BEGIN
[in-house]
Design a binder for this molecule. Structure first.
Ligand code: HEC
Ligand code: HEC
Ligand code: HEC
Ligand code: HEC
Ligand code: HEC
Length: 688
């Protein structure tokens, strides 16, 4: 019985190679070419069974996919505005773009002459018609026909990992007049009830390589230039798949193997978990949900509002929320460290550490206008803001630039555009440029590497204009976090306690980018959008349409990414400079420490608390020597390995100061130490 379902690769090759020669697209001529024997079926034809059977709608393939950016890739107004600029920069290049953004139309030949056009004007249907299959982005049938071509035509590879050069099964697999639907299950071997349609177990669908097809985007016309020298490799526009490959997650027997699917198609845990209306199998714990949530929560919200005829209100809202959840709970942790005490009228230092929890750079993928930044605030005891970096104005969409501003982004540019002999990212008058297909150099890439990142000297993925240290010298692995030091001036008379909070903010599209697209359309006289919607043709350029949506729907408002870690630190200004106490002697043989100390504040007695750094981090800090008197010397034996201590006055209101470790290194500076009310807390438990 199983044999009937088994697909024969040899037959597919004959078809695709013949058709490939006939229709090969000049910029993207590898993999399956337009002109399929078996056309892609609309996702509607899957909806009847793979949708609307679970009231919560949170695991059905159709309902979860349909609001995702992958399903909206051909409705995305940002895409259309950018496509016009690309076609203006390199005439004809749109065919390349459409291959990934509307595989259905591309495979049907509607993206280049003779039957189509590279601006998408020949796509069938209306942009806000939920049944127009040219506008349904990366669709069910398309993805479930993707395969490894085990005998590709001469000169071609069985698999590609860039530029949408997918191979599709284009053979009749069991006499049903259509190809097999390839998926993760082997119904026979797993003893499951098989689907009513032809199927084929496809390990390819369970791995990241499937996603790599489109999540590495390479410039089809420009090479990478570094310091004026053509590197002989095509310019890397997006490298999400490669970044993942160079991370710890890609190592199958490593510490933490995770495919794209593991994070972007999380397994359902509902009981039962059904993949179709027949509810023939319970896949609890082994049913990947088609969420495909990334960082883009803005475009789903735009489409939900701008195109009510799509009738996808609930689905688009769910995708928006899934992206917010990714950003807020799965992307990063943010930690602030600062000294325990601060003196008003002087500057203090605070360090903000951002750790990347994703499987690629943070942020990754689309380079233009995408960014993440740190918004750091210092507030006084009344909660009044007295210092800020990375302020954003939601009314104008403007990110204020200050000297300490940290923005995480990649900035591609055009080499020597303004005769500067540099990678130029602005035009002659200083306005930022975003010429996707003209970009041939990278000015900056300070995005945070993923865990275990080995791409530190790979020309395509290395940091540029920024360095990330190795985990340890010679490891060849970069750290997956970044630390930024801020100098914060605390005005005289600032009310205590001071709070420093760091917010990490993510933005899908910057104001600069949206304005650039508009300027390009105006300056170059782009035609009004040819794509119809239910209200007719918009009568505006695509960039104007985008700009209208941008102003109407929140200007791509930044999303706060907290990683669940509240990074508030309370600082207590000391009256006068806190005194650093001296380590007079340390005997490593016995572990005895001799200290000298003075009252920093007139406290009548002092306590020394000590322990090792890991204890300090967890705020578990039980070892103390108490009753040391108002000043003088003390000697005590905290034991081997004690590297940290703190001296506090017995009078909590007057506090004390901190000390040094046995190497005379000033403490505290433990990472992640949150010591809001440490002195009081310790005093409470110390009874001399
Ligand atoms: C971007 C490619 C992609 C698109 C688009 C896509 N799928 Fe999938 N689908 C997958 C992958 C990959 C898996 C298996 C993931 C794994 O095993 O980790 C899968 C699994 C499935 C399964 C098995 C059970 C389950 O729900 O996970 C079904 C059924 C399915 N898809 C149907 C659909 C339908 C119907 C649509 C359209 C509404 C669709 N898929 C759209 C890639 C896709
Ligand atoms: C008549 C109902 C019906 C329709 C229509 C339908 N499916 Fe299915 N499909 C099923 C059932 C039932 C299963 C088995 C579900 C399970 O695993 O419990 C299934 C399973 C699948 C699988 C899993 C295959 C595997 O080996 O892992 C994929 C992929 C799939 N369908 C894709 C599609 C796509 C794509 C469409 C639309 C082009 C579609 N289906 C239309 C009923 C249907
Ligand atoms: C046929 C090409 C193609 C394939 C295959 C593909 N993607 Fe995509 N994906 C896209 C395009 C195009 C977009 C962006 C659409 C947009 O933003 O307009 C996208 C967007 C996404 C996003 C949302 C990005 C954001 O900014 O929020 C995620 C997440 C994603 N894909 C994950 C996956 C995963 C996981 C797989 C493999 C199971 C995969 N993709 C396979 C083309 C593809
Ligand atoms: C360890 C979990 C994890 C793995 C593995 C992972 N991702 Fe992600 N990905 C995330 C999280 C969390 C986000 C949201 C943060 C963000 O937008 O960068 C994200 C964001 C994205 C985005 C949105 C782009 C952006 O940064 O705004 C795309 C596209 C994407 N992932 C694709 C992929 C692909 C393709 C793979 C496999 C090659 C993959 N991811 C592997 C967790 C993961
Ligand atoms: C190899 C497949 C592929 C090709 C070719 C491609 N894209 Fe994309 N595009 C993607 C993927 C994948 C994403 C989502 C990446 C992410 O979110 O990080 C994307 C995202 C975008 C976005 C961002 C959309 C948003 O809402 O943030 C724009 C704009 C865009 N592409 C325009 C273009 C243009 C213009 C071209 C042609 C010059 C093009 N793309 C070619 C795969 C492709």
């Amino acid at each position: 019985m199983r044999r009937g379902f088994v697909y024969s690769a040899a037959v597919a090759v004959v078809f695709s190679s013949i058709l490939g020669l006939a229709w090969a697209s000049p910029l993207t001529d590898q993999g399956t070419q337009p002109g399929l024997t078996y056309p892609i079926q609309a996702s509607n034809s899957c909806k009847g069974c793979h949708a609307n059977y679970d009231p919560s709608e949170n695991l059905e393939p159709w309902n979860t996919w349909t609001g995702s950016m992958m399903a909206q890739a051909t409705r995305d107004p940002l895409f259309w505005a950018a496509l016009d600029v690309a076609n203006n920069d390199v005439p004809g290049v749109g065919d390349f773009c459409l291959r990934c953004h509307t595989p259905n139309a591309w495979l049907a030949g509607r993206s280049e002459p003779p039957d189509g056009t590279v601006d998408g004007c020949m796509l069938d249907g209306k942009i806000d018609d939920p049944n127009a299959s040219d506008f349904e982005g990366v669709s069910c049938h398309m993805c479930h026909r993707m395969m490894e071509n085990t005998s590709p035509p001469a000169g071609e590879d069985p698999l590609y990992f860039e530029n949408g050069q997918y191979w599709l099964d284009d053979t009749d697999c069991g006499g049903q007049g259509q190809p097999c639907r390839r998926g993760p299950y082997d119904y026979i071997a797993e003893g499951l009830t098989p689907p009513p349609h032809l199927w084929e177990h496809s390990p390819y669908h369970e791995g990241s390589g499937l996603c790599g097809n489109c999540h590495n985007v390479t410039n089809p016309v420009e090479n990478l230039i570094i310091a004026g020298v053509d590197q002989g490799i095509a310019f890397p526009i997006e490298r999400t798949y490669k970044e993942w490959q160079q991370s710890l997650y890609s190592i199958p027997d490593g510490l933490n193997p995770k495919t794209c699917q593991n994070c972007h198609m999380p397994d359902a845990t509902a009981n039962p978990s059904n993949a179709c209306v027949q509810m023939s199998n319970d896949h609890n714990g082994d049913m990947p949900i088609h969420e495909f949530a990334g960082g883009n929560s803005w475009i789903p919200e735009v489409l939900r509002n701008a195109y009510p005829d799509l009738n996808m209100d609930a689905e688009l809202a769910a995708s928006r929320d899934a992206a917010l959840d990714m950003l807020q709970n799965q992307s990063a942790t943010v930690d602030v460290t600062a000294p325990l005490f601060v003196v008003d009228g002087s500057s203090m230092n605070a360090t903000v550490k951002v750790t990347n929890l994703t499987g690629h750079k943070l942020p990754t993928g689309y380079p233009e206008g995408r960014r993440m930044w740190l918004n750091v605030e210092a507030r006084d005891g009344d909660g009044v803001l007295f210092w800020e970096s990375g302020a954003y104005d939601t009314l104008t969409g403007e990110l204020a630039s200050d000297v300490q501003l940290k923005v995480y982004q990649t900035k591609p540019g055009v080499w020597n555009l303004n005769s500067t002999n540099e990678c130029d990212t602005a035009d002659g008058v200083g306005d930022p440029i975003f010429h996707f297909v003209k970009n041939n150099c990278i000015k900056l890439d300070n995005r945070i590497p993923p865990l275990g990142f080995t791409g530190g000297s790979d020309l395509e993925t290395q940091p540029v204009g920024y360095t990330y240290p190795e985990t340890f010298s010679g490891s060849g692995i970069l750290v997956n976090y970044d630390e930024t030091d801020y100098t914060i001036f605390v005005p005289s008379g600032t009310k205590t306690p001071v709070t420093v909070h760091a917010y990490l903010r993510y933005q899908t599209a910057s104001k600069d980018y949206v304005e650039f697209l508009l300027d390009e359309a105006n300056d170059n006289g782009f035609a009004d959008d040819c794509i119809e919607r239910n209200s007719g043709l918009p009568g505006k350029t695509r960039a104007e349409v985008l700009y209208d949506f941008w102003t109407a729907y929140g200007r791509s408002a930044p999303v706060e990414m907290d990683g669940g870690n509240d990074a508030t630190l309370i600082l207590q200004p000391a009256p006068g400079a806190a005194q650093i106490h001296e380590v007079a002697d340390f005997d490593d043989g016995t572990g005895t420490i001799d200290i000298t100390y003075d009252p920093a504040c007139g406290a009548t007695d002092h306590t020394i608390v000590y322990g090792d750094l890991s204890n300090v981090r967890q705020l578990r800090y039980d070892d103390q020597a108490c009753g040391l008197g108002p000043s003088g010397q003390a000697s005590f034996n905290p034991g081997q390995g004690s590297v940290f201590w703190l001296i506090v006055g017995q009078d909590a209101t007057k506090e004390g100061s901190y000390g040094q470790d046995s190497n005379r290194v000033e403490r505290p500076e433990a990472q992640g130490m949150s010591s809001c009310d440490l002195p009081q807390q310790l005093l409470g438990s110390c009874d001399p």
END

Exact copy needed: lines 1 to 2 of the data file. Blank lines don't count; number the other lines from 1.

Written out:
[in-house]
Design a binder for this molecule. Structure first.